This weekend the latter half of my last Amazon order came. I now have a copy of Mathematical Writing (Knuth) and Approximation Theory (Cheney). The former was much less intriguing than I thought it would be; but Teacher in America (Barzun) was part of the same order, and it was better than I expected, so in the mean I think I was pleasantly surprised. Anyhow, most of Mathematical Writing consists of scribe notes and handouts from a class on mathematical writing that Knuth taught at Stanford. The introduction ends with the following comment:
Caveat: These are transcripts of lectures, not a polished set of essays on the subject. Some of the later lectures refer to mistakes in the notes of earlier lectures; we have decided to correct some (but not all) of those mistakes before printing this report. References to such no-longer-existent blunders might be hard to understand. Understand?
Unpolished though the book may be -- perhaps I should just call it a bound report? -- it does include interesting exercises and handouts, some references to books that sound intriguing. And between sometimes-dull transcripts of the highlights of class conversations, there are a few very interesting comments. In one such comment, Knuth noted that he usually writes his first drafts in long hand, because the speed at which he writes is almost perfectly matched to the speed at which he thinks. When he types, he types too fast for his thoughts to keep up. I'm glad I'm not alone in this.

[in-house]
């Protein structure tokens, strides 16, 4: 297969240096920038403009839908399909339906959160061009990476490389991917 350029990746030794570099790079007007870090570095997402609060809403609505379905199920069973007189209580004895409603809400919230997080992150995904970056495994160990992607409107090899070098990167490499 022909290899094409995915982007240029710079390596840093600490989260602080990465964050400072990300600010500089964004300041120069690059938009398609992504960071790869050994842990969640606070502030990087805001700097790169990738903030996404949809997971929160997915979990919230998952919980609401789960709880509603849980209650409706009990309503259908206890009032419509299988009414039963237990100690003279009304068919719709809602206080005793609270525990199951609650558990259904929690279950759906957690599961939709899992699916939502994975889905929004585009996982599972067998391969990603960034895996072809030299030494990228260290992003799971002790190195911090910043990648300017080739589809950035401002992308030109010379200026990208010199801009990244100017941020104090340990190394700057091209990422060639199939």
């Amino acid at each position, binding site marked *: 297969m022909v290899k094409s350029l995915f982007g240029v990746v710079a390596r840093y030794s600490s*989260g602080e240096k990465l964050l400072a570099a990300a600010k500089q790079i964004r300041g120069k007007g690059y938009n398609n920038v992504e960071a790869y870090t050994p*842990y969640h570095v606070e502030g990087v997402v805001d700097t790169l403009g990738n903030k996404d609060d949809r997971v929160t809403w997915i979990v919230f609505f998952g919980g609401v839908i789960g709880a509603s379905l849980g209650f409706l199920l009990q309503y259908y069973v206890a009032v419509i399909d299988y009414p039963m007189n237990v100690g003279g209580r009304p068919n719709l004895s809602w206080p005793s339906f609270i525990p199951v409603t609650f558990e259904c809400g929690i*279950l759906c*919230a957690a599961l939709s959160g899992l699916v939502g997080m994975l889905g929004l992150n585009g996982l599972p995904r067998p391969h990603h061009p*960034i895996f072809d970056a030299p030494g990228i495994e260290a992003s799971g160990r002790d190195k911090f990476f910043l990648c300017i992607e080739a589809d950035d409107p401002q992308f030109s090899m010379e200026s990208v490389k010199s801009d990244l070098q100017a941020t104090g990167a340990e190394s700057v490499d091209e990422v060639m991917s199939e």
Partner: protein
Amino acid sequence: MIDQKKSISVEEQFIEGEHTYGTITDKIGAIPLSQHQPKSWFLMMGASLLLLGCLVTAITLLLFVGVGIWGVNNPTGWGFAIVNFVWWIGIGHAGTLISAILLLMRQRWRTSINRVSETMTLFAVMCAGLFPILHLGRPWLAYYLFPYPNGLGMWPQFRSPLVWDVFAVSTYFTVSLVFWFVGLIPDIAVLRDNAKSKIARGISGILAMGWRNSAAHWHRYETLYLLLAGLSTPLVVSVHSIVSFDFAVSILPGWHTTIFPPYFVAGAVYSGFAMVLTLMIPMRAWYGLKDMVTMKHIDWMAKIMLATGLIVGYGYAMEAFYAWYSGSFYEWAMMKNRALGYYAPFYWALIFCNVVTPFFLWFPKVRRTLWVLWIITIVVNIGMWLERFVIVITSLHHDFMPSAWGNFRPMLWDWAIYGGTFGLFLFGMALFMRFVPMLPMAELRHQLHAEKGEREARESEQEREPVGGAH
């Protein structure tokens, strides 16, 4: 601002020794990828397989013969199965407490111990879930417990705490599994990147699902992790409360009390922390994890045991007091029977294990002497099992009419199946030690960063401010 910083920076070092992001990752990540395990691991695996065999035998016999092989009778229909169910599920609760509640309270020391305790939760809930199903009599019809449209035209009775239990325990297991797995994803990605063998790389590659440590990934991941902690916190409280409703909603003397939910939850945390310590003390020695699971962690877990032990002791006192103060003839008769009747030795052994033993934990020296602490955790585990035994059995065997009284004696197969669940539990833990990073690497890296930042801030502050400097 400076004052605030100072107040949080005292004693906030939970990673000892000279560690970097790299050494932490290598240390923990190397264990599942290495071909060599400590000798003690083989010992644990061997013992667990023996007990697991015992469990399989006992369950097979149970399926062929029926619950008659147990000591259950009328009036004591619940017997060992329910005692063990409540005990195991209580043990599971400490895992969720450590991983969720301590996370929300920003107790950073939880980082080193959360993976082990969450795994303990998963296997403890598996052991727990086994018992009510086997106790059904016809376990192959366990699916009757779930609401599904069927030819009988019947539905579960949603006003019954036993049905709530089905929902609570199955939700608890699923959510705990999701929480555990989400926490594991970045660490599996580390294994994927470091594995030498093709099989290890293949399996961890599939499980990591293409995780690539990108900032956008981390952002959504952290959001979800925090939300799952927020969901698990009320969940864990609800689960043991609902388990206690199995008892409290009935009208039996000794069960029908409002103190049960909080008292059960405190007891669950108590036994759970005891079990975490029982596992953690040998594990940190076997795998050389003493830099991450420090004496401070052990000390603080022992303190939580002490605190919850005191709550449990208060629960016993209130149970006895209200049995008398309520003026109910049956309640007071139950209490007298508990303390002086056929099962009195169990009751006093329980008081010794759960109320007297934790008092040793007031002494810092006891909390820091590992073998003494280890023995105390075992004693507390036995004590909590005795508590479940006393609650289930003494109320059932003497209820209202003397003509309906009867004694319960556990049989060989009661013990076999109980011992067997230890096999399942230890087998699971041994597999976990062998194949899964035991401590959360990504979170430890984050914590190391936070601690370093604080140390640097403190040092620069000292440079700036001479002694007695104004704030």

Knuth's comment quickly came to mind this evening when I started to
type out a response to a paper I'm helping to edit (I'm the third
author, I think). The current draft had enough errors of notation
and syntax that I got lost easily, and somewhere in the middle I
just lost the thread of it. Frustrated, I sat down with pen and
pad and started to write a letter to a friend about how confused and
irate I was, and how I thought the exposition should
proceed; and seven pages and a few hours later, I had a clear
picture in my mind of where I think the paper gets lost, and how I
think the problem can be fixed. I think I'll have to make a copy of
this letter before I send it. I've had technical inspirations
while writing letters before, and regretted not keeping a copy to
re-read later. There is a proverb that says
the palest ink is
better than the best memory; and while my memory is good enough
that I remember the technical ideas that come out of such
inspirations, it is not so good that I can always recover the path
of thought that led me to a fruitful perspective.
- Currently drinking: Golden Monkey tea